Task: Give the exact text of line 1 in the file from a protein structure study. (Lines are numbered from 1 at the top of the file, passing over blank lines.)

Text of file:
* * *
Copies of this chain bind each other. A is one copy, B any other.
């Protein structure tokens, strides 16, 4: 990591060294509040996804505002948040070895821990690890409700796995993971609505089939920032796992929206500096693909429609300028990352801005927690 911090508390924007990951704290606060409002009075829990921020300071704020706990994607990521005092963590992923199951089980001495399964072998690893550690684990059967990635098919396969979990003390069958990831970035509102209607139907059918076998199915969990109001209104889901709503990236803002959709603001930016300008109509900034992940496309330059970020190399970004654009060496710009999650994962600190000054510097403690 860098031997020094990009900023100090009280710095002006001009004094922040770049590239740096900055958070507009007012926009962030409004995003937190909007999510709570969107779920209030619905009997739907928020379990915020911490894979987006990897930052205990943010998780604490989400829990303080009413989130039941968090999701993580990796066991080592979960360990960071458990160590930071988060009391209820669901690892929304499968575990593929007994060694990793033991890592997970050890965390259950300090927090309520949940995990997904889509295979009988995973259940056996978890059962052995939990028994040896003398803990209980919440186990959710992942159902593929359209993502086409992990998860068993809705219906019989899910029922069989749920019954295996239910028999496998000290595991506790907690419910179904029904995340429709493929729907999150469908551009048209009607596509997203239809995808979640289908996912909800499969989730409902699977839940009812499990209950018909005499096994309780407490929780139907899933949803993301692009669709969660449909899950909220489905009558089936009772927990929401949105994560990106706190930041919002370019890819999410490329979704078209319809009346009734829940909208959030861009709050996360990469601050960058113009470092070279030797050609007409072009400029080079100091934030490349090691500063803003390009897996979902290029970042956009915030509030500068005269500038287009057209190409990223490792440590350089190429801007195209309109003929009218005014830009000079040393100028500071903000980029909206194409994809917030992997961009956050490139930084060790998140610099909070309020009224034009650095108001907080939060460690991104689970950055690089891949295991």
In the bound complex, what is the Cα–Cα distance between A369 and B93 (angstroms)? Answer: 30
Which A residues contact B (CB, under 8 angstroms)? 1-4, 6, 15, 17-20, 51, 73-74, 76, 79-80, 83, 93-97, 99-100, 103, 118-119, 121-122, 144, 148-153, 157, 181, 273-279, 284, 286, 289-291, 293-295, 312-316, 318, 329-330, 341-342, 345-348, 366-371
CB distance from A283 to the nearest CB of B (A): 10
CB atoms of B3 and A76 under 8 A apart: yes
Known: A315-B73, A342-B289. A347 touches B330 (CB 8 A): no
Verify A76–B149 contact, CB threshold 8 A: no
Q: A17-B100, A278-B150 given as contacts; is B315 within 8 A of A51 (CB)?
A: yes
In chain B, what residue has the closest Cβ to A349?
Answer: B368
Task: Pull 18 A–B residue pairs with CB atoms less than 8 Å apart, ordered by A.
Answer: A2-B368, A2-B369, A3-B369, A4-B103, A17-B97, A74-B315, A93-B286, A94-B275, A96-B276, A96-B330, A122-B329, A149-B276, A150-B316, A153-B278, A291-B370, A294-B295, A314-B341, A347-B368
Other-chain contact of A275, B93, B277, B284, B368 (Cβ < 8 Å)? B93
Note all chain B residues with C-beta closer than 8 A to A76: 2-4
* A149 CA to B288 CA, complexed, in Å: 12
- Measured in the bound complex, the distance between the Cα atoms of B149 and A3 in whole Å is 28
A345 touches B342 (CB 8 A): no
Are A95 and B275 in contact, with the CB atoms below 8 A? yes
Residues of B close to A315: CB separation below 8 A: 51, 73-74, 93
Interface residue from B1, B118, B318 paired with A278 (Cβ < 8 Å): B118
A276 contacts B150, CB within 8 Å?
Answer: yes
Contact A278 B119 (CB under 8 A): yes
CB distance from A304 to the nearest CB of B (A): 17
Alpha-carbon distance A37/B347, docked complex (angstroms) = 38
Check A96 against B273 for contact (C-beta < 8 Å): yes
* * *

Copies of this chain bind each other. A is one copy, B any other.